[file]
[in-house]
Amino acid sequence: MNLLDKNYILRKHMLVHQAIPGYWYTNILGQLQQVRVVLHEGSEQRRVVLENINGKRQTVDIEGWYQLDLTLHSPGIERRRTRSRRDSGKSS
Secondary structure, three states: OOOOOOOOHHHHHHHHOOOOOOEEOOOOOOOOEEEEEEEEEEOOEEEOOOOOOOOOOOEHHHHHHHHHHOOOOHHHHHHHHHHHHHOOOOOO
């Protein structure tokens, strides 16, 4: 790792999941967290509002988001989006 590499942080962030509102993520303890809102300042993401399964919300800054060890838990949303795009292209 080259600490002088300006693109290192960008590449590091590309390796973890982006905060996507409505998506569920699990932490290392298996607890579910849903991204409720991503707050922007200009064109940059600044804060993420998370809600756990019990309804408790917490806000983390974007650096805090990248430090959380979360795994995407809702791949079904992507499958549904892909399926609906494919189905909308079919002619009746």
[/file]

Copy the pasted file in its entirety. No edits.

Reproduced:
[in-house]
Amino acid sequence: MNLLDKNYILRKHMLVHQAIPGYWYTNILGQLQQVRVVLHEGSEQRRVVLENINGKRQTVDIEGWYQLDLTLHSPGIERRRTRSRRDSGKSS
Secondary structure, three states: OOOOOOOOHHHHHHHHOOOOOOEEOOOOOOOOEEEEEEEEEEOOEEEOOOOOOOOOOOEHHHHHHHHHHOOOOHHHHHHHHHHHHHOOOOOO
């Protein structure tokens, strides 16, 4: 790792999941967290509002988001989006 590499942080962030509102993520303890809102300042993401399964919300800054060890838990949303795009292209 080259600490002088300006693109290192960008590449590091590309390796973890982006905060996507409505998506569920699990932490290392298996607890579910849903991204409720991503707050922007200009064109940059600044804060993420998370809600756990019990309804408790917490806000983390974007650096805090990248430090959380979360795994995407809702791949079904992507499958549904892909399926609906494919189905909308079919002619009746």